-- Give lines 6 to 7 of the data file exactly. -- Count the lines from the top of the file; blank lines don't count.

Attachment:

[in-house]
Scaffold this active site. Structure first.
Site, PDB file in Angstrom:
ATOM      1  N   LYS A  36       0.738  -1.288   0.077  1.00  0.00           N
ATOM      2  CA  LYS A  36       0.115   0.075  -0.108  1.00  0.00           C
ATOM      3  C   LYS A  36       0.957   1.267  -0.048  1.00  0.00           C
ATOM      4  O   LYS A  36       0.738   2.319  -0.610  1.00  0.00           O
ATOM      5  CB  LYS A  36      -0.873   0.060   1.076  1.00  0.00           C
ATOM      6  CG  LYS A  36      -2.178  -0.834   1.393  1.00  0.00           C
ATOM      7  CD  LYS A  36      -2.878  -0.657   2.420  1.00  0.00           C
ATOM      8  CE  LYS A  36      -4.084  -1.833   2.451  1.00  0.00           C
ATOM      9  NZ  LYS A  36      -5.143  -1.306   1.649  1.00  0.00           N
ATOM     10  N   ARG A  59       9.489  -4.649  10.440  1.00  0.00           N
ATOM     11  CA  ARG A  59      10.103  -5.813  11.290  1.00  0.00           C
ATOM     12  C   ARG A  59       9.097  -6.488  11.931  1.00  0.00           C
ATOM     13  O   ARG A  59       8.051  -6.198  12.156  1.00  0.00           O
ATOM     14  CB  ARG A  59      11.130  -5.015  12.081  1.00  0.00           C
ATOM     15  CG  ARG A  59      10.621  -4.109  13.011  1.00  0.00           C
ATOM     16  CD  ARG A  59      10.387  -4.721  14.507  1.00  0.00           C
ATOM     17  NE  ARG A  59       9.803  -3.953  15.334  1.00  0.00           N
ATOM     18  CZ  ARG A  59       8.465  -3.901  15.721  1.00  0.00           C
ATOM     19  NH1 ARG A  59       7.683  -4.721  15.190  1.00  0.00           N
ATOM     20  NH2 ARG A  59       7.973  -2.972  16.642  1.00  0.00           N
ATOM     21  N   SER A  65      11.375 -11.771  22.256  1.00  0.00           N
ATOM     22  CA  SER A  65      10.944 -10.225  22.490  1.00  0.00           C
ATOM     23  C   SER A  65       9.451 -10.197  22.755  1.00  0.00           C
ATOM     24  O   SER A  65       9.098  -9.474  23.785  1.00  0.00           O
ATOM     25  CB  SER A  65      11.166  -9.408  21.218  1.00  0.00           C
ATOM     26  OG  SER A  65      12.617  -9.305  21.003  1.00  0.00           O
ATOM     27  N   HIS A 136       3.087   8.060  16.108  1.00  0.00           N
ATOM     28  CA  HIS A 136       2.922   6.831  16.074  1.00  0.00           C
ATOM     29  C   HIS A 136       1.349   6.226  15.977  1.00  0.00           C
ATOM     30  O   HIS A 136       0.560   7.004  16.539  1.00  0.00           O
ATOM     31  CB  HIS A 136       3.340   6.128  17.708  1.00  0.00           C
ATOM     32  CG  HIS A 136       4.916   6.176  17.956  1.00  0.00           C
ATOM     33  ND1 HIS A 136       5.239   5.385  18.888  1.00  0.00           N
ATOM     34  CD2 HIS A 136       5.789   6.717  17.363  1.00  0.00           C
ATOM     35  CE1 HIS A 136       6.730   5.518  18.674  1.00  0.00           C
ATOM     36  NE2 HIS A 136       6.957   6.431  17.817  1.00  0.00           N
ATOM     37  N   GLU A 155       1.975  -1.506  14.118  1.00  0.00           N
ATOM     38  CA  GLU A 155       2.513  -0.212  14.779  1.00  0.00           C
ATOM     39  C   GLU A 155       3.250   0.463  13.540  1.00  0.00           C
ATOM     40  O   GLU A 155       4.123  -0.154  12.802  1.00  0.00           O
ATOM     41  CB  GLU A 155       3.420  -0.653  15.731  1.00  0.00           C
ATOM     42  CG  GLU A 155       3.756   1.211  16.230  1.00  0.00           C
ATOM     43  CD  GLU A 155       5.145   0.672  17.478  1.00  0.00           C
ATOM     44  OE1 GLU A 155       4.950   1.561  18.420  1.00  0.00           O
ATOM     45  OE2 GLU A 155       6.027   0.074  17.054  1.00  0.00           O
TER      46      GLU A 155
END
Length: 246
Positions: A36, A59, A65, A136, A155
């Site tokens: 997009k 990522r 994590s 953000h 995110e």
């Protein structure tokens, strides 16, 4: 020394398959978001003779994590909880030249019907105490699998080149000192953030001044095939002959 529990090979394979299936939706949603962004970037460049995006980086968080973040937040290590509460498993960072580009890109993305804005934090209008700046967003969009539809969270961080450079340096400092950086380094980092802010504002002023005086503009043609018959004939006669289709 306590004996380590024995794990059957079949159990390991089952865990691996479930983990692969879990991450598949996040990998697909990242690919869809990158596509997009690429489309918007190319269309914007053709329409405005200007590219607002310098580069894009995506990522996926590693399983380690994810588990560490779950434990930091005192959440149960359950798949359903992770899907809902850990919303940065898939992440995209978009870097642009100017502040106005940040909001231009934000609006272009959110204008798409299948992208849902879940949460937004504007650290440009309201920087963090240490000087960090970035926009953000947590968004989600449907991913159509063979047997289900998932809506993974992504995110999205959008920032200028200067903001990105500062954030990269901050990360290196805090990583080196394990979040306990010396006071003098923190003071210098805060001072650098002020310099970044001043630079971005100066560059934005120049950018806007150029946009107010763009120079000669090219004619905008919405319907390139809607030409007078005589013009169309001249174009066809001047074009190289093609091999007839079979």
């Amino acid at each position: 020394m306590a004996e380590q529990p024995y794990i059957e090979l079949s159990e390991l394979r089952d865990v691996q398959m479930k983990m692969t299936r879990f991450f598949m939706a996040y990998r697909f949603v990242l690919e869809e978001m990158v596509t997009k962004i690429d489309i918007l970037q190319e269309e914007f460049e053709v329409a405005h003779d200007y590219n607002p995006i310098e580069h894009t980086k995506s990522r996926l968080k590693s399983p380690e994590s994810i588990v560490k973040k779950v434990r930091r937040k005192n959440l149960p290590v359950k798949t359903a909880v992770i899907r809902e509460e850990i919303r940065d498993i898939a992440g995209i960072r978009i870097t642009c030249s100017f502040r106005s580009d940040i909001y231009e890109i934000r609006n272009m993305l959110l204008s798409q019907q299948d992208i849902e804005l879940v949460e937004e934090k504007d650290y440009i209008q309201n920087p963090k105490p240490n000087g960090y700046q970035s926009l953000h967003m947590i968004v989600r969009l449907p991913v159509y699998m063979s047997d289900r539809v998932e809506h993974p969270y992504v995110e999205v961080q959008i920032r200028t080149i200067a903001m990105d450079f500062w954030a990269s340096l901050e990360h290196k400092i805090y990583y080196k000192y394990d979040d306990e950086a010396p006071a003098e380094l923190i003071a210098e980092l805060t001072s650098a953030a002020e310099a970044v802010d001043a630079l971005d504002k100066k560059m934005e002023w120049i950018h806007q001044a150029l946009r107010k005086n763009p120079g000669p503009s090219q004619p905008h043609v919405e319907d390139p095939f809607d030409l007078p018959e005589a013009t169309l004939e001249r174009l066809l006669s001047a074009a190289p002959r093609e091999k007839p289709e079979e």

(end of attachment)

ATOM      3  C   LYS A  36       0.957   1.267  -0.048  1.00  0.00           C
ATOM      4  O   LYS A  36       0.738   2.319  -0.610  1.00  0.00           O